Spring is here; I know this for several reasons. One is the fact that Scarlotta’s Car Hop and Diner’s sign says so. Also, the maple sap has been running, and sap houses everywhere are venting great marshmellow clouds of steam. The other day we heard birds- real birds!- singing their songs outside our windows and instantly it felt as if a long-lost, dear relative had returned. The constant, drumming sound of March showers, and their thunderous ensuing runoff is always a sure indicator of Spring, too.
Also, around our house, there’s the multiplicity of dead and dying rodents. This time of year they turn up scattered randomly throughout the house, kind of like an Easter Egg hunt designed by Hannibal Lecter. Take this morning. I was walking down the basement steps to the garage when I came to the abrupt realization that I was not alone. (Cue the ominous music.) Sadly, it was true. Murray the Mouse had left this mortal coil at the foot of our basement steps and lay there for all the world looking like a tiny piece of furry driftwood. He was perfectly in-tact, four tiny paws extended straight out as if he hoped to be used as a dollhouse coffee-table after his departure, clearly the victim of a progressive, neuro-muscular, stress-related, nervous-seizure-heart-breakdown-attack-spasm. (Mice get those a lot, you know. Being a mouse is extraordinarily stressful.) As he lay there on his side, finally at peace, I knew that our two cats could not be suspected of foul play in this tragic event. Firstly, because they are not allowed in the basement. Secondly, because no one had attempted to chew little Murray’s face off. In fact, Murray actually looked astonishingly good, for a dead mouse. A little petrified around the whiskers, but still.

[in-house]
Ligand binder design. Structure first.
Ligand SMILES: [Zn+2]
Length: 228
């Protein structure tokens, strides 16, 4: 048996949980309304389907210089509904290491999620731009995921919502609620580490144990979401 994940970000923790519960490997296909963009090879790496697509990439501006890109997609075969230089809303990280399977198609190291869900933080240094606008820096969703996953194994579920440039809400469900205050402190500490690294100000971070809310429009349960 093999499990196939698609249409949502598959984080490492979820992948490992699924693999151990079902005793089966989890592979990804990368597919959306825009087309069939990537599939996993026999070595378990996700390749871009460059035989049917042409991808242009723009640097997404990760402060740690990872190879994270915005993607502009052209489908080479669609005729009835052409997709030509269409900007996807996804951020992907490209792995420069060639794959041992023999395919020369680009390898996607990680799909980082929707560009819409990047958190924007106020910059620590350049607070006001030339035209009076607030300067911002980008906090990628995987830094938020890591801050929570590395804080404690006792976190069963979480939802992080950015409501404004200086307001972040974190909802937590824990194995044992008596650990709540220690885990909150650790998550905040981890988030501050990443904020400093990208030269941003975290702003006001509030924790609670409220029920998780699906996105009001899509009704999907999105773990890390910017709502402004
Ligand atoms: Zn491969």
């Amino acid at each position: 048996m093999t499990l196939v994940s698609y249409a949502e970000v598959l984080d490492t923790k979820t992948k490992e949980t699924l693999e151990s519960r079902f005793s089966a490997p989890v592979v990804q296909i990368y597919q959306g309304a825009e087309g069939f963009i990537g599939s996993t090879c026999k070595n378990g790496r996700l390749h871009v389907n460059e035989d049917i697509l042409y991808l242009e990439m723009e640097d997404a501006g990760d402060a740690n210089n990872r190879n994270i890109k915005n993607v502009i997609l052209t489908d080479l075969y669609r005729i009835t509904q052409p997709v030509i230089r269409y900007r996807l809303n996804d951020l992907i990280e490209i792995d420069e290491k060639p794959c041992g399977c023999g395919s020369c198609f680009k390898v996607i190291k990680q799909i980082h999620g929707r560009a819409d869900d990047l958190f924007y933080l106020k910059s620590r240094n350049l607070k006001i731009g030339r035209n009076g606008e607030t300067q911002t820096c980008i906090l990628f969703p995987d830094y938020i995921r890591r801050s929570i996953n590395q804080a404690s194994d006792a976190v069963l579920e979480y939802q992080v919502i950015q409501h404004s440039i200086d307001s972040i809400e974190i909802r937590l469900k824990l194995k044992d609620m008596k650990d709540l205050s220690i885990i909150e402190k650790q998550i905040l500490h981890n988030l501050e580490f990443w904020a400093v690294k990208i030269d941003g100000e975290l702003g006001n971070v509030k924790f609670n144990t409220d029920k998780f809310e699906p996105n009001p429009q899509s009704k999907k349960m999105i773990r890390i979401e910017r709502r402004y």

I couldn’t say the same of the poor fellow I found yesterday, next to the bathmat, dear me. The only reason I knew that pathetic little puddle of blood and fur had ever been a mouse at all is the fact that the cats had executed his hapless brother the night before that and of course I instantly recognized the distinct similarily in the kink of their tails. (Plus his name was Milfred, and that is actually a very common mouse name.) It was clear Milfred never really had a chance, as half his body was noticably missing, and plump little piles of organs were distributed about the linoleum like gifts from a particularly small and twisted Santa. Continue reading What Spring Means to Me: Dead Rodents